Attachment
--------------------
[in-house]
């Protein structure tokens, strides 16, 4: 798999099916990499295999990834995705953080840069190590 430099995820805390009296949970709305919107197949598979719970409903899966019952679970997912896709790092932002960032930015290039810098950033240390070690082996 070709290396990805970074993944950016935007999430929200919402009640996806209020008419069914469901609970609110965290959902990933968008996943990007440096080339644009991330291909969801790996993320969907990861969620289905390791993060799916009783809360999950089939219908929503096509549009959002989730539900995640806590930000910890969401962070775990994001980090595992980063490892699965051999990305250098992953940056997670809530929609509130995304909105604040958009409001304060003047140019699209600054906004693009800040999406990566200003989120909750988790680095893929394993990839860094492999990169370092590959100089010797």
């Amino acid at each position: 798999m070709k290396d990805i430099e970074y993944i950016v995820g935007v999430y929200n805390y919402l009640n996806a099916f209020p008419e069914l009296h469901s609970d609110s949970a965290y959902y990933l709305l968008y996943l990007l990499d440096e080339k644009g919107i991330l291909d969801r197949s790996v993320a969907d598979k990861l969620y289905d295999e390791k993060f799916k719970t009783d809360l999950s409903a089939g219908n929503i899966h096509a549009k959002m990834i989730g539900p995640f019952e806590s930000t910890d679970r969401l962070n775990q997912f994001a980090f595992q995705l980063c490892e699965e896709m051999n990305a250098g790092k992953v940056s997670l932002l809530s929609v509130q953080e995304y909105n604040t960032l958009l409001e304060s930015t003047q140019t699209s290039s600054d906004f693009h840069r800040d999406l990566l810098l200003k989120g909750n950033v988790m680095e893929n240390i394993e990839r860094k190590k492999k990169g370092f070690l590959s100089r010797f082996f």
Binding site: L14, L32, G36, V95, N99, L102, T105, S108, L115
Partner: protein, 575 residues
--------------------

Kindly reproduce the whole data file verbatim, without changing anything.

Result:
[in-house]
């Protein structure tokens, strides 16, 4: 798999099916990499295999990834995705953080840069190590 430099995820805390009296949970709305919107197949598979719970409903899966019952679970997912896709790092932002960032930015290039810098950033240390070690082996 070709290396990805970074993944950016935007999430929200919402009640996806209020008419069914469901609970609110965290959902990933968008996943990007440096080339644009991330291909969801790996993320969907990861969620289905390791993060799916009783809360999950089939219908929503096509549009959002989730539900995640806590930000910890969401962070775990994001980090595992980063490892699965051999990305250098992953940056997670809530929609509130995304909105604040958009409001304060003047140019699209600054906004693009800040999406990566200003989120909750988790680095893929394993990839860094492999990169370092590959100089010797």
């Amino acid at each position: 798999m070709k290396d990805i430099e970074y993944i950016v995820g935007v999430y929200n805390y919402l009640n996806a099916f209020p008419e069914l009296h469901s609970d609110s949970a965290y959902y990933l709305l968008y996943l990007l990499d440096e080339k644009g919107i991330l291909d969801r197949s790996v993320a969907d598979k990861l969620y289905d295999e390791k993060f799916k719970t009783d809360l999950s409903a089939g219908n929503i899966h096509a549009k959002m990834i989730g539900p995640f019952e806590s930000t910890d679970r969401l962070n775990q997912f994001a980090f595992q995705l980063c490892e699965e896709m051999n990305a250098g790092k992953v940056s997670l932002l809530s929609v509130q953080e995304y909105n604040t960032l958009l409001e304060s930015t003047q140019t699209s290039s600054d906004f693009h840069r800040d999406l990566l810098l200003k989120g909750n950033v988790m680095e893929n240390i394993e990839r860094k190590k492999k990169g370092f070690l590959s100089r010797f082996f």
Binding site: L14, L32, G36, V95, N99, L102, T105, S108, L115
Partner: protein, 575 residues